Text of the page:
Outdoor winter running

Galen Eye Centre

Don’t let the weather dictate your outdoor running schedule

Credit: 
Via Flickr

Trying to get your cardio in during cold Canadian winters can leave you with limited options, but while the great outdoors can seem unapproachable with 20 inches of snow on the ground, outdoor winter running is a great way to brave the cold and stay active — if you know all the tricks to prevent frostbite. 

Layers

The most obvious change you’ll need to make as the temperature drops is finding ways to keep warm while still being able to move. Your parka isn’t exactly ideal.

A common rule of thumb is to pretend it’s about 20 degrees warmer than it actually is. Your body heats up a lot during exercise, and if you’re too warmly-dressed, you’ll overheat. 

You may have been told that leaving the house with your hair wet will make you sick — the same principle works here. Once you overheat and start sweating a lot, you put yourself at risk for getting a nasty cold. 

The best way to avoid this is going for things like thin sweaters, long sleeved tops and vests. As for bottoms, doubling up is sometimes necessary. 

The idea is to be as dry as possible, so active-wear with moisture-wicking or water resistant properties are a good investment. 

If you want to cut corners, some runners swear by wearing garbage bags — yes, garbage bags — over their torsos to break the wind and keep warm. 

Plastic Bags

This one sounds a little strange, but bear with me. Your feet can get neglected when you’re worrying about staying dry, but they are just as important as the rest of you. 

Most running shoes aren’t outfitted for snowdrifts. So, in addition to wearing warm socks, putting a plastic baggie around your foot before slipping it into your shoe is an effective way of keeping your feet dry after you accidentally step in some slush. 

TIMING

As the days get shorter, daylight hours are harder to come by and daylight hours when you’re willing and able to go for a jog are even less. Going in the middle of the day is ideal because it’s warmer and you’re at your most visible.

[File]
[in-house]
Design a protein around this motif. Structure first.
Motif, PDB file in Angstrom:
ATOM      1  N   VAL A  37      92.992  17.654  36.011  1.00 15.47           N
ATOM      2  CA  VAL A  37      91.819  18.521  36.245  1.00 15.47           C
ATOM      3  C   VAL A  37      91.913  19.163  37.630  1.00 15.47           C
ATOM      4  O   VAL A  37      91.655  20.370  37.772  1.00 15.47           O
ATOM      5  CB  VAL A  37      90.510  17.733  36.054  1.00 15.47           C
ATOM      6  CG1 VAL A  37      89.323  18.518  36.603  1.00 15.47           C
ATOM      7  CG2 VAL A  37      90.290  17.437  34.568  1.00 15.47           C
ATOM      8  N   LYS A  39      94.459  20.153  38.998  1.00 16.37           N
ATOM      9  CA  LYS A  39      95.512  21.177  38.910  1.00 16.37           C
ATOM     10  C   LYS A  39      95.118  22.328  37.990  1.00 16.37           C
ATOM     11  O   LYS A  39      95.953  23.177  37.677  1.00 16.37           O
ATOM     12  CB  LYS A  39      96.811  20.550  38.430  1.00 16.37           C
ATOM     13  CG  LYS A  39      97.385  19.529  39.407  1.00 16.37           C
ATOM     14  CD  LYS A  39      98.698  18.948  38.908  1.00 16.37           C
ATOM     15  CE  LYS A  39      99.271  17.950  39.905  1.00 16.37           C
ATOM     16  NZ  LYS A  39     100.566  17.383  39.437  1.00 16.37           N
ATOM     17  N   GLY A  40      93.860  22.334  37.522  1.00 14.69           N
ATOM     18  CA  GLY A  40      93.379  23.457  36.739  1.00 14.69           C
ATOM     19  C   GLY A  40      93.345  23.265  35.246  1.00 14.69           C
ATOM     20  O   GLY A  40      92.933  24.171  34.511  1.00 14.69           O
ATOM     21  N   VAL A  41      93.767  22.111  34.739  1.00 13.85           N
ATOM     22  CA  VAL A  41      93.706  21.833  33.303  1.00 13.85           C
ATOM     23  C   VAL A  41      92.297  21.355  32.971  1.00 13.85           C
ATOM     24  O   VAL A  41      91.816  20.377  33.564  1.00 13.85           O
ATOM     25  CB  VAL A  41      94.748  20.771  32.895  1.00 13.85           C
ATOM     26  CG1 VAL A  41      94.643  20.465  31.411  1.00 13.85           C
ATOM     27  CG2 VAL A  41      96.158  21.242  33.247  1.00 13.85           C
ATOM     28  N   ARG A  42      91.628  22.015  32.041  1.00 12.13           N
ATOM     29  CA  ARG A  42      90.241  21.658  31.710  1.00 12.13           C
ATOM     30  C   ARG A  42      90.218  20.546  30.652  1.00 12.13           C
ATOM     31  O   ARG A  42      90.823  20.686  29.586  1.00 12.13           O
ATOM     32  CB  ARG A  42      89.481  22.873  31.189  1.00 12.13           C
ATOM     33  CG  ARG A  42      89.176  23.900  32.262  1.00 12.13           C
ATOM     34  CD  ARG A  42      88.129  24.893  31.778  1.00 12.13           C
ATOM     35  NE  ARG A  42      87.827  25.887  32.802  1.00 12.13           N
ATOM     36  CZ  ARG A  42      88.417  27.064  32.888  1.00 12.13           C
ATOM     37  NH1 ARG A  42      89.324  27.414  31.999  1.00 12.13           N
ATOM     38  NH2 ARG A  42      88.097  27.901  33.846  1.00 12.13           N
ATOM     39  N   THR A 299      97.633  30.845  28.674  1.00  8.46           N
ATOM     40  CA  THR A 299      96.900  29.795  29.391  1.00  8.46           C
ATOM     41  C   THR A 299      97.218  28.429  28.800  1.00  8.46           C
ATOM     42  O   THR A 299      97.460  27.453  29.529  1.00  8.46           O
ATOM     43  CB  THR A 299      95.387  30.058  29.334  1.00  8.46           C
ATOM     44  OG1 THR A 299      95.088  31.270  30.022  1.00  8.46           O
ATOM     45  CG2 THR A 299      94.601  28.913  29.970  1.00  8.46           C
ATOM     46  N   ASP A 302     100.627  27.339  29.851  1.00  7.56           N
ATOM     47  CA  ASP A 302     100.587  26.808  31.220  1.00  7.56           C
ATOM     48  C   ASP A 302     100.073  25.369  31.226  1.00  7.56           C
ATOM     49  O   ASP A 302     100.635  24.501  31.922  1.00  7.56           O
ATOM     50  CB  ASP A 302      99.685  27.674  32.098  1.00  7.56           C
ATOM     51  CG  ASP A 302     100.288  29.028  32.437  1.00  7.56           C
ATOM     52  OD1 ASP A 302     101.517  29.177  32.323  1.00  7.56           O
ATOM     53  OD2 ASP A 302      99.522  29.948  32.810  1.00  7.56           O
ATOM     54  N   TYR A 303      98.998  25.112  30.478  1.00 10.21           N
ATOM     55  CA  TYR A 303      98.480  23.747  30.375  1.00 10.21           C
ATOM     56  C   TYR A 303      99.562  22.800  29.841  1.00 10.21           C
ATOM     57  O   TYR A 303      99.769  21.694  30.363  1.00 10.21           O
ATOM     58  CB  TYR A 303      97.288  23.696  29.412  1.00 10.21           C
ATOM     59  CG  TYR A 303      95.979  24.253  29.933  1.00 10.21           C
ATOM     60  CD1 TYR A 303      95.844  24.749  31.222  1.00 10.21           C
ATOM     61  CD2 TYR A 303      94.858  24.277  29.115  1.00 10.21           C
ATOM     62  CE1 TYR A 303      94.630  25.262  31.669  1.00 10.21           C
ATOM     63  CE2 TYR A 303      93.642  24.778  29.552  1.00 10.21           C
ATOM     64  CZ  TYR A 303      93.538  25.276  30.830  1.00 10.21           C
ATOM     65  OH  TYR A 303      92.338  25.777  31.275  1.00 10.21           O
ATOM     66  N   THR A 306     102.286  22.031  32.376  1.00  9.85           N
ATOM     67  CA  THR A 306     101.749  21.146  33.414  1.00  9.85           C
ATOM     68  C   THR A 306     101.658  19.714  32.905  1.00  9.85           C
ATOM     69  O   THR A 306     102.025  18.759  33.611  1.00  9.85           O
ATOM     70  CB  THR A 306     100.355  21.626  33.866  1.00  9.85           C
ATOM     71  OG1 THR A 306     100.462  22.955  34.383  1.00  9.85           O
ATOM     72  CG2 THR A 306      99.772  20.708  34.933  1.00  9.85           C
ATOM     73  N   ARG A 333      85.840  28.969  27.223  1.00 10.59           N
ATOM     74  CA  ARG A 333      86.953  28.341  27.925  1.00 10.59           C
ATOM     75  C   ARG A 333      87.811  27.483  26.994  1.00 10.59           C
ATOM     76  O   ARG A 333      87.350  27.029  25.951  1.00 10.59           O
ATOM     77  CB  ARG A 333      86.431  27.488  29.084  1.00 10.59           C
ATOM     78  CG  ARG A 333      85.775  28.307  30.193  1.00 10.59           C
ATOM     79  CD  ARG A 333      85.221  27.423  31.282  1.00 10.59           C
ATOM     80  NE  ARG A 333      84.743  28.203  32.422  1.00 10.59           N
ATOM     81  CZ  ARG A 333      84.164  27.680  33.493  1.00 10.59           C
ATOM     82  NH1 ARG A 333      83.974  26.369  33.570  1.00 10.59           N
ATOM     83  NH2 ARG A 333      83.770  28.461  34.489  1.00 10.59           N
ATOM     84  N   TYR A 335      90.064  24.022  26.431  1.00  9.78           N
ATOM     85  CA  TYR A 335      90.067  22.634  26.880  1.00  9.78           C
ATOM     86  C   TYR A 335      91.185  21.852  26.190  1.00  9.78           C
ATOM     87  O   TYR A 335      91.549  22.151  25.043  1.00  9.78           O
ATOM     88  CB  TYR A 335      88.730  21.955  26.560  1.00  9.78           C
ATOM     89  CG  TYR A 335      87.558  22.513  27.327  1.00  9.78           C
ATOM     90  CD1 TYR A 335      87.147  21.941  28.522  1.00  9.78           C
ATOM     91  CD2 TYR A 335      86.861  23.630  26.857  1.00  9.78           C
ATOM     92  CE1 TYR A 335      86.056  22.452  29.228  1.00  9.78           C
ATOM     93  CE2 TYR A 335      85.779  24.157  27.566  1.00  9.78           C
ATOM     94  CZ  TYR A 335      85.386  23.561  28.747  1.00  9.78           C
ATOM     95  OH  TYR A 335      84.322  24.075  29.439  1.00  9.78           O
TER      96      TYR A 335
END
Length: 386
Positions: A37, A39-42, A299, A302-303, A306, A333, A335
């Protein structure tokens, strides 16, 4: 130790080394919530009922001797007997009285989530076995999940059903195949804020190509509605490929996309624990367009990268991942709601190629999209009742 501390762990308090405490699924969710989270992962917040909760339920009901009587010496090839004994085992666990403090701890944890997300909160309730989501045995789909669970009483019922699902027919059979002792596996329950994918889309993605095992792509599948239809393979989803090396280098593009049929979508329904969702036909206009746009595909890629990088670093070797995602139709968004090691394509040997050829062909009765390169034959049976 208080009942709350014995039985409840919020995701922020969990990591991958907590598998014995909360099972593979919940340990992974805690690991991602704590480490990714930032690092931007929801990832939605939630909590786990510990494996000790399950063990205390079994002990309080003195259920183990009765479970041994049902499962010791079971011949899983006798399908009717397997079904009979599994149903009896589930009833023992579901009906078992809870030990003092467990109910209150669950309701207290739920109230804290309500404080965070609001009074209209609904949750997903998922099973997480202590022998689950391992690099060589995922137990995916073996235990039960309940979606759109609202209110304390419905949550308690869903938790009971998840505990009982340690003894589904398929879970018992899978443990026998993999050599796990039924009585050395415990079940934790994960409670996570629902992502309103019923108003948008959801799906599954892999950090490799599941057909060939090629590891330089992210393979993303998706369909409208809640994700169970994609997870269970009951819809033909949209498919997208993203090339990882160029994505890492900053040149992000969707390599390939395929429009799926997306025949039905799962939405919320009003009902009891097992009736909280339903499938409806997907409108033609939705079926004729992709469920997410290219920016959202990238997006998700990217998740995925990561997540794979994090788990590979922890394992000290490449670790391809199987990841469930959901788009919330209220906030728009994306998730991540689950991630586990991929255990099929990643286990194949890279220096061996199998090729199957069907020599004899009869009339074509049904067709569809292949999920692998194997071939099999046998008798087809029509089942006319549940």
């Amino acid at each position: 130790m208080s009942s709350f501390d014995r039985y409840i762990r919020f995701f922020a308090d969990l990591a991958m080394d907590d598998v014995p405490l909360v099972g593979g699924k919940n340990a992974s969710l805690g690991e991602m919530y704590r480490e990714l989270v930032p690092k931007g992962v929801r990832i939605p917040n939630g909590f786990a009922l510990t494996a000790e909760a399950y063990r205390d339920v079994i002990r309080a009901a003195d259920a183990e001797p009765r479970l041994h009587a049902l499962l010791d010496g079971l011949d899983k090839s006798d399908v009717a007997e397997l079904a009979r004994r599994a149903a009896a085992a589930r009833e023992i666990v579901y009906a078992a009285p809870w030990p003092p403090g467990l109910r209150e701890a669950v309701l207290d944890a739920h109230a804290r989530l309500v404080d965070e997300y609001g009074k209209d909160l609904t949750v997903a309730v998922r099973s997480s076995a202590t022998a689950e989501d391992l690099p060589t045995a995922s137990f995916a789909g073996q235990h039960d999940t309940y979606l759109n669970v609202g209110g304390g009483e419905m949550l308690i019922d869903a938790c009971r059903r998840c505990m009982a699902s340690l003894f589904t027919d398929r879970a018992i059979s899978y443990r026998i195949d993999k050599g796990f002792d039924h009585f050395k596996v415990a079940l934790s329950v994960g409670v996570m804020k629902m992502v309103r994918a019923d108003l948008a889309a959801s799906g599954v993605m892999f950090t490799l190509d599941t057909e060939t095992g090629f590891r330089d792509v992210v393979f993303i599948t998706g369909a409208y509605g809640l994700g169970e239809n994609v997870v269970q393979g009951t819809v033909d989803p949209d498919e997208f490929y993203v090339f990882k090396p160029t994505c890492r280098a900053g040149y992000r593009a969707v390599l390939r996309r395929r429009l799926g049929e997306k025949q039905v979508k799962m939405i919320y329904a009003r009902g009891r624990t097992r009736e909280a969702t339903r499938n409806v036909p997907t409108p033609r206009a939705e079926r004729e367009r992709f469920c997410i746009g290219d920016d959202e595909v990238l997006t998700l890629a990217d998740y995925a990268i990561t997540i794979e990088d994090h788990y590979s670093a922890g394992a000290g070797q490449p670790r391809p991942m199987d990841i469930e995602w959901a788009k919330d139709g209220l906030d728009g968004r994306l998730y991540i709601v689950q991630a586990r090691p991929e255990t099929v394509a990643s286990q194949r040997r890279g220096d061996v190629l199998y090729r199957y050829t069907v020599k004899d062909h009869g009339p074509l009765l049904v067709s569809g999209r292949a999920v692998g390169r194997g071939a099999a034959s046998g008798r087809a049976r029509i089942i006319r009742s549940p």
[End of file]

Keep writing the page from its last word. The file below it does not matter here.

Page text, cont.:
However, if you can’t fit it in your schedule and decide to run after sunset, reflective tape and clothing are going to be important new additions to your wardrobe. Joggers need to watch out for cars during the best of conditions, but at night with snow and ice, it’s even more important to be as visible as possible.

Location, location, location

When I run in the summer, part of the fun is exploring where I live. My favorite locations are the paths through the waterfront park, and down King Street to the Portsmouth Olympic Harbour. When I run in the winter, going anywhere near the lake is going to be an issue.

The wind chill is real, especially in Kingston, and running along Lake Ontario can be beautiful but dangerous in freezing temperatures. The ice on the paths is difficult to manoeuver and sometimes the land and the water are hard to distinguish. 

It’s best practice to find regularly-paved roads and sidewalks for your winter route, in well-lit, high-traffic areas in case you slip and need help. 

One of the best parts about winter running is that everyone else is either inside, or trying to get to wherever they’re going as fast as possible, most of the time without even looking up. 

When you’re out running, heated up from the movement and with no one around you, the world feels a little quieter. You can really appreciate how beautiful a winter night or a morning snowfall can be. 

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